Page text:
POLITICO Technology Reporter Margaret McGill (left) is joined by Paula Boyd,
Senior Director of Government Affairs and Policy, Microsoft (second from left) Harold Feld, Senior Vice President, Public Knowledge (third from left) Tom Hazlett, Hugh H. Macaulay Endowed Professor of Economics, Clemson University; former Chief Economist, Federal Communications Commission; author, "The Political Spectrum"
(second from right and David Strickland, Partner, Venable LLP; former Administrator, National Highway Traffic Safety Administration (right) during the POLITICO panel discussion "Spectrum, Innovation and Infrastructure in the Trump Era" at the Willard InterContinental Hotel in Washington, DC, Thursday, June 15, 2017. (Photo by Rod Lamkey Jr.)

Thomas Hazlett participated in a debate held by POLITICO in Washington DC

Spectrum, Innovation and Infrastructure in the Trump Era – Thursday June 15, 2017   Watch the Video Facebook: POLITICO Live’s Facebook Page has More »

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Regulatory expert Robert Crandall spoke at Clemson Oct. 31

Rick Uhlmann, College of Business October 21, 2016 Deregulation would unleash efficiencies and enhance U.S. spending and productivity growth, according More »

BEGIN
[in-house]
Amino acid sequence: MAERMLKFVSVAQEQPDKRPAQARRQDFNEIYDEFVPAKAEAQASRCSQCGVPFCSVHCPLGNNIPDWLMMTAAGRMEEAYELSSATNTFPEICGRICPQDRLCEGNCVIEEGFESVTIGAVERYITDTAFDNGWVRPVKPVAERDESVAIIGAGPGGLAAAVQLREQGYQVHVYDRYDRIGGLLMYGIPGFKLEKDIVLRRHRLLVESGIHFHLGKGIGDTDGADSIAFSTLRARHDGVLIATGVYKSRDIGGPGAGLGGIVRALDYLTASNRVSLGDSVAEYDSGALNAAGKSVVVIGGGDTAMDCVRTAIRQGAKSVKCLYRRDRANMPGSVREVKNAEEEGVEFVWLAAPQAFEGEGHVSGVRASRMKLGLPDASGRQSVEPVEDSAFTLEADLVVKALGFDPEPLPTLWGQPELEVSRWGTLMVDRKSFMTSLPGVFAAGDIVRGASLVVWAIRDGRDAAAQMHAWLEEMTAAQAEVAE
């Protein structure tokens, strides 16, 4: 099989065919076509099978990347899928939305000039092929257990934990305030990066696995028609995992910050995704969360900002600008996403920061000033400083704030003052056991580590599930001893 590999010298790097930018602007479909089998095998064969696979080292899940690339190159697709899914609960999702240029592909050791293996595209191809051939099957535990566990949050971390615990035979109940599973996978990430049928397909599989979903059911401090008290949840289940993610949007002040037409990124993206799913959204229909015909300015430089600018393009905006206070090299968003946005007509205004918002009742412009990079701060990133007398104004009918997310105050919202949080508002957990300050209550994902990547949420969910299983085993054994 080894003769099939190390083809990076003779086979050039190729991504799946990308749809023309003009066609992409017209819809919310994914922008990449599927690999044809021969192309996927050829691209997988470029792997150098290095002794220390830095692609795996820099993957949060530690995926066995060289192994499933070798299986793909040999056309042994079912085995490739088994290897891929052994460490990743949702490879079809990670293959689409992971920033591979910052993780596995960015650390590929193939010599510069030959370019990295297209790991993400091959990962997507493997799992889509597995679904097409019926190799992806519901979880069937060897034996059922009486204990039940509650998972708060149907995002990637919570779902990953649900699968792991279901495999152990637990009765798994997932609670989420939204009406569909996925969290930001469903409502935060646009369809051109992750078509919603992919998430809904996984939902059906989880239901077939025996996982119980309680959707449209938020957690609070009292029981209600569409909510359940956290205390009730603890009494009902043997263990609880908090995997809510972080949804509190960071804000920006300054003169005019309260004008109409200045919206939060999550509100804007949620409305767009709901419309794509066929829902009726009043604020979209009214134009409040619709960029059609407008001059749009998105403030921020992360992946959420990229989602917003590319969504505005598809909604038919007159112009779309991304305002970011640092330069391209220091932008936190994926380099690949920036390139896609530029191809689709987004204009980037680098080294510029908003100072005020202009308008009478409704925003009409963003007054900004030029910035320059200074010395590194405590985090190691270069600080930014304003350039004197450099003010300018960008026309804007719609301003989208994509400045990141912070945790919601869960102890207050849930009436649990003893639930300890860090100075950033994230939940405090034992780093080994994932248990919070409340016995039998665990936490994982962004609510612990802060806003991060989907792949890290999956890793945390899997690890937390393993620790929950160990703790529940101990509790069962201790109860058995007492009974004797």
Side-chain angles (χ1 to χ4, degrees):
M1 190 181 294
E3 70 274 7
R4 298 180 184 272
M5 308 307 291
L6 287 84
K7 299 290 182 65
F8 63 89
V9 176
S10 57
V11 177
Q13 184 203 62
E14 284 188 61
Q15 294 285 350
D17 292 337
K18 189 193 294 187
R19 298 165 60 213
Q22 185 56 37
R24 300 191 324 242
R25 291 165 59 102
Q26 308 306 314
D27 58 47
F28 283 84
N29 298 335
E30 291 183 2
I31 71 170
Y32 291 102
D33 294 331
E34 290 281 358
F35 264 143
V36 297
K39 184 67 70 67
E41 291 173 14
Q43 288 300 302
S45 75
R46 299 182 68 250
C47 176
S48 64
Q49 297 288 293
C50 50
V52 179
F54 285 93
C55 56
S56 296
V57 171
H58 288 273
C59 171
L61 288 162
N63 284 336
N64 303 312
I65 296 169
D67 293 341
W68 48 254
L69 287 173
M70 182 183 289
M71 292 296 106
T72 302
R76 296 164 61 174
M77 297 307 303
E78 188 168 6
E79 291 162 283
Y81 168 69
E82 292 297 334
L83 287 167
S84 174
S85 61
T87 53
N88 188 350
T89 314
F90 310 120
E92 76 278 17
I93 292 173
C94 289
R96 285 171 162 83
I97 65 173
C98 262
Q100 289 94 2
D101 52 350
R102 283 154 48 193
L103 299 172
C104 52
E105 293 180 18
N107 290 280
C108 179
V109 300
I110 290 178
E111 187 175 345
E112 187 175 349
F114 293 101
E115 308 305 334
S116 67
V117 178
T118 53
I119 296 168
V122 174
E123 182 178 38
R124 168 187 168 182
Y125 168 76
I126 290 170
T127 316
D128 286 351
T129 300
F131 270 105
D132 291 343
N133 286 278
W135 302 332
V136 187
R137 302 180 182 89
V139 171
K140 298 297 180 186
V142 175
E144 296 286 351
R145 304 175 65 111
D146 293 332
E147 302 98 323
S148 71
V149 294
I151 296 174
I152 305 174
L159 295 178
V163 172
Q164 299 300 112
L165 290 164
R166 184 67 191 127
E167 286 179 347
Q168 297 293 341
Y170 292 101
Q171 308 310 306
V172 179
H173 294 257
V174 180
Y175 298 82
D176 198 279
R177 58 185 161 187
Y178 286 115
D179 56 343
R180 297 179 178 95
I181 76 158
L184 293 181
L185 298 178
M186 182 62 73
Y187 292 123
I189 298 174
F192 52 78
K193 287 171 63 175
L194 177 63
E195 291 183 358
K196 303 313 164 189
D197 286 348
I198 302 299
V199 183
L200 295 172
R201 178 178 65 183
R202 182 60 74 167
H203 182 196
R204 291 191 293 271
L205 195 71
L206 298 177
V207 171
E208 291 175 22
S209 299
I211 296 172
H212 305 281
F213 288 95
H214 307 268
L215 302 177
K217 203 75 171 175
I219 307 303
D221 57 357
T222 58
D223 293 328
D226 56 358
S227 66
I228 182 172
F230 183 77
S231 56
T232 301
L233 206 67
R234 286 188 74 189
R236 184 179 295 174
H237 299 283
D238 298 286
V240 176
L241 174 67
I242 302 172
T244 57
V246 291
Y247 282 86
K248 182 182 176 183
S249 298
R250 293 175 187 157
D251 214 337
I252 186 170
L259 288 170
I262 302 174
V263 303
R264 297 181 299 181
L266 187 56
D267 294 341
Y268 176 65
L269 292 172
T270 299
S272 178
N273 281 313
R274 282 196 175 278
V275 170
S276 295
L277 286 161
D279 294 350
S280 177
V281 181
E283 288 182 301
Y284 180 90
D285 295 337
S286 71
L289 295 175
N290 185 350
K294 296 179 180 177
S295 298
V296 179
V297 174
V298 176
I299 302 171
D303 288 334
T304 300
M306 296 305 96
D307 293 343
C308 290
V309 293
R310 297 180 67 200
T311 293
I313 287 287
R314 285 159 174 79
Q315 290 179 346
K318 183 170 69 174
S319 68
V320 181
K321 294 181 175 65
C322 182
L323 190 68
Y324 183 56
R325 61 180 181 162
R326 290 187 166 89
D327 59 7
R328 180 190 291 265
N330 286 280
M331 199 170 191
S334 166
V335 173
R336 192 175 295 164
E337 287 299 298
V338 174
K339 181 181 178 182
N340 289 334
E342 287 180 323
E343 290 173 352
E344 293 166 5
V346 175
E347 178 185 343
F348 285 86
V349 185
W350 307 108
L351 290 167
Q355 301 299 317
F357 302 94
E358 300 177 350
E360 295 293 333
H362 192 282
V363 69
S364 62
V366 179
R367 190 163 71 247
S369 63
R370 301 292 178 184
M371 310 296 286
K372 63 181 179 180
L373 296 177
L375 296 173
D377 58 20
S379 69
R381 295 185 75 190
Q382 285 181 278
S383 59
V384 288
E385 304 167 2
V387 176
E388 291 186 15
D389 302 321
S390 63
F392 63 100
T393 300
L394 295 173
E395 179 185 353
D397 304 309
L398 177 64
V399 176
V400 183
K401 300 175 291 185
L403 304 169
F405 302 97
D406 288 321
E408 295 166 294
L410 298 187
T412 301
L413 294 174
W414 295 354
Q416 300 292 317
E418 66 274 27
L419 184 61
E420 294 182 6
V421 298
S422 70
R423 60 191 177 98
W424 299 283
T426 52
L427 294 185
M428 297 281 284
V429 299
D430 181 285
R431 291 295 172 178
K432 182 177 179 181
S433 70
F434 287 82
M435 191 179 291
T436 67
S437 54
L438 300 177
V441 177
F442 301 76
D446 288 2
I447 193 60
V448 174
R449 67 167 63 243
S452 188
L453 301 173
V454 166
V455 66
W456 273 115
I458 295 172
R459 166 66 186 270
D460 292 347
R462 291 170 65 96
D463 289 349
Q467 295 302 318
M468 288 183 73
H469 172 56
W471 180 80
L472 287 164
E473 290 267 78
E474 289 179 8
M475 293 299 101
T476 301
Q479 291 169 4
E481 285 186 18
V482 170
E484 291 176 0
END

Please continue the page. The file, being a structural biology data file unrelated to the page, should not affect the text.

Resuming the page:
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A Century of Spectrum Overregulation and the Quest to Liberate Wireless Technologies

via Hudson Institute With the FCC’s relentless drive to regulate new technologies, a look back at the history of the More »

Tullock Lecture on October 30th

PowerPoint Presentation

Thomas Hazlett, Sinclair and ‘Big Media’: The Outrage that Caused the Outrage, The Hill

thehillSinclair and ‘Big Media’: The outrage that caused the outrage

Wall Street Journal review of “The Political Spectrum.”

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Unlocking the Airwaves

In regulating radio, the FCC enacted rules nominally in the public interest, but which actually enriched specific interest groups. Gregory L. Rosston reviews ‘The Political Spectrum’ by Thomas Winslow Hazlett.

Americans enjoy unprecedented choice in communications technology. We have millions of options for digital entertainment, keep a universe of information in our back pockets and can call nearly anywhere on earth for a pittance. To most consumers, government seems a minor player. So what’s wrong with communications regulation?

As Thomas Hazlett explains in “The Political Spectrum,” there are many problems, and they have enormous consequences. Economic activity is increasingly conducted wirelessly, under a regulatory regime…

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